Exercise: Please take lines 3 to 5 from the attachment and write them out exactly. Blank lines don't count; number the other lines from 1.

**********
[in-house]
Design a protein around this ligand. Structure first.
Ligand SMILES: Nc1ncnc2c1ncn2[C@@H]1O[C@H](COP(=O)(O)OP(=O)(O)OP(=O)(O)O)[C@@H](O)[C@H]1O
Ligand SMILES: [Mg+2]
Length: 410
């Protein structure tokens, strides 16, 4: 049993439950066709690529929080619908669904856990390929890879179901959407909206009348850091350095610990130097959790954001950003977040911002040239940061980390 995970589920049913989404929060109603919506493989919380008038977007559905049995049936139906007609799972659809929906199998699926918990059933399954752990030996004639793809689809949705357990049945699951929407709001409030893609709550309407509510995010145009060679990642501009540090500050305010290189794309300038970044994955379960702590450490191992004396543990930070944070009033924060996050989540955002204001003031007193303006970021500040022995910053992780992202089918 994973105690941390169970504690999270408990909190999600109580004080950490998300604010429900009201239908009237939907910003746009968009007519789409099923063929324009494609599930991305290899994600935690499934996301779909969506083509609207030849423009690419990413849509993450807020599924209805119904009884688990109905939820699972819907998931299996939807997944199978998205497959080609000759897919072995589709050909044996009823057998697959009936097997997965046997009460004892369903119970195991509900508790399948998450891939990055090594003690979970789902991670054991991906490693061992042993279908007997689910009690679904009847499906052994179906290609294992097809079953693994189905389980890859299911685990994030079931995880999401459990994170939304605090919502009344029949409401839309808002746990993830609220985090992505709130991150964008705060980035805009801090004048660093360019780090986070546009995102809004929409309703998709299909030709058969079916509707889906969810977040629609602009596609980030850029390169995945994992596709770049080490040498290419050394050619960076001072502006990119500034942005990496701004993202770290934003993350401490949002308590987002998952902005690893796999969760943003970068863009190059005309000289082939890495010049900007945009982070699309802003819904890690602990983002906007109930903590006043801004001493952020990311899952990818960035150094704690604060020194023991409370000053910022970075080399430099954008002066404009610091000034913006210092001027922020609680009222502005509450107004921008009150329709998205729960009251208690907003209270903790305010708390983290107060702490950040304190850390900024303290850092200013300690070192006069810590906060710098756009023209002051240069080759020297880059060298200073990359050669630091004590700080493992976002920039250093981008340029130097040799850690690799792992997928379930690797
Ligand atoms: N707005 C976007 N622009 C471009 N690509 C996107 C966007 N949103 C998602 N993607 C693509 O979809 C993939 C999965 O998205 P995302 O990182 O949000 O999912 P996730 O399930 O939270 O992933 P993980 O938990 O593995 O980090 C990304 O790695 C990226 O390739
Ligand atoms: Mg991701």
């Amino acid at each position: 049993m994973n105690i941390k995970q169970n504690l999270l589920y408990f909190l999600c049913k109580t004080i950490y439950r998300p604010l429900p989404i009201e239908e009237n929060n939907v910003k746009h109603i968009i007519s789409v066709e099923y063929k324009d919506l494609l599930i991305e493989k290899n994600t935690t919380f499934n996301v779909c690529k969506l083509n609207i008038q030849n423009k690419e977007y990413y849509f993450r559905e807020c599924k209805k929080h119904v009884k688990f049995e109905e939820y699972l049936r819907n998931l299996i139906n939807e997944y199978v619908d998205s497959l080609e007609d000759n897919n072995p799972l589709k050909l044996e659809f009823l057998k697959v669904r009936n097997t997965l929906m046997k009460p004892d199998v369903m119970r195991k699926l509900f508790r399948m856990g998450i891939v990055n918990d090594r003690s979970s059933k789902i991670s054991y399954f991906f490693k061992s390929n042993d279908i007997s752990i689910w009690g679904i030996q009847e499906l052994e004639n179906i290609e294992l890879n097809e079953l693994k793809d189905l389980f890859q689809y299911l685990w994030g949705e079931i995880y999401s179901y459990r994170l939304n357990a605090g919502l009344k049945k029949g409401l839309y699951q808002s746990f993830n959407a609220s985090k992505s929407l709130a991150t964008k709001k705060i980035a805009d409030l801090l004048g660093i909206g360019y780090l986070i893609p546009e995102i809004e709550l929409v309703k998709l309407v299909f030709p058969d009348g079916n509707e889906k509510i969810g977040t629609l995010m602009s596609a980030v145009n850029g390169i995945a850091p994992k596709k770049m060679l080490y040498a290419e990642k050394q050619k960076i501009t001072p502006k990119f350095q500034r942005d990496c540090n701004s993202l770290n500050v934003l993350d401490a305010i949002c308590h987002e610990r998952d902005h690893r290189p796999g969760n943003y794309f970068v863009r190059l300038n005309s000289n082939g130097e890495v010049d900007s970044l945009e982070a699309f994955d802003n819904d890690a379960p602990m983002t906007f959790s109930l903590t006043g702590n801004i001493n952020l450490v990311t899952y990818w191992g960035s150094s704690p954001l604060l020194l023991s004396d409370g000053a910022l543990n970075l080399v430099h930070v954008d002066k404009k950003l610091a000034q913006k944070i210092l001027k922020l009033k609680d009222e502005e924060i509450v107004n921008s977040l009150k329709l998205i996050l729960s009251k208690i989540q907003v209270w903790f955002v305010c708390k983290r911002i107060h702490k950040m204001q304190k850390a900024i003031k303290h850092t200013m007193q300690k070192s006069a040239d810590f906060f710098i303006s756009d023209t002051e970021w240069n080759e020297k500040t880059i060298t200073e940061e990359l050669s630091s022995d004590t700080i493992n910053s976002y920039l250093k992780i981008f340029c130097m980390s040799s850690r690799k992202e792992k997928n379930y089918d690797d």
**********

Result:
Ligand SMILES: Nc1ncnc2c1ncn2[C@@H]1O[C@H](COP(=O)(O)OP(=O)(O)OP(=O)(O)O)[C@@H](O)[C@H]1O
Ligand SMILES: [Mg+2]
Length: 410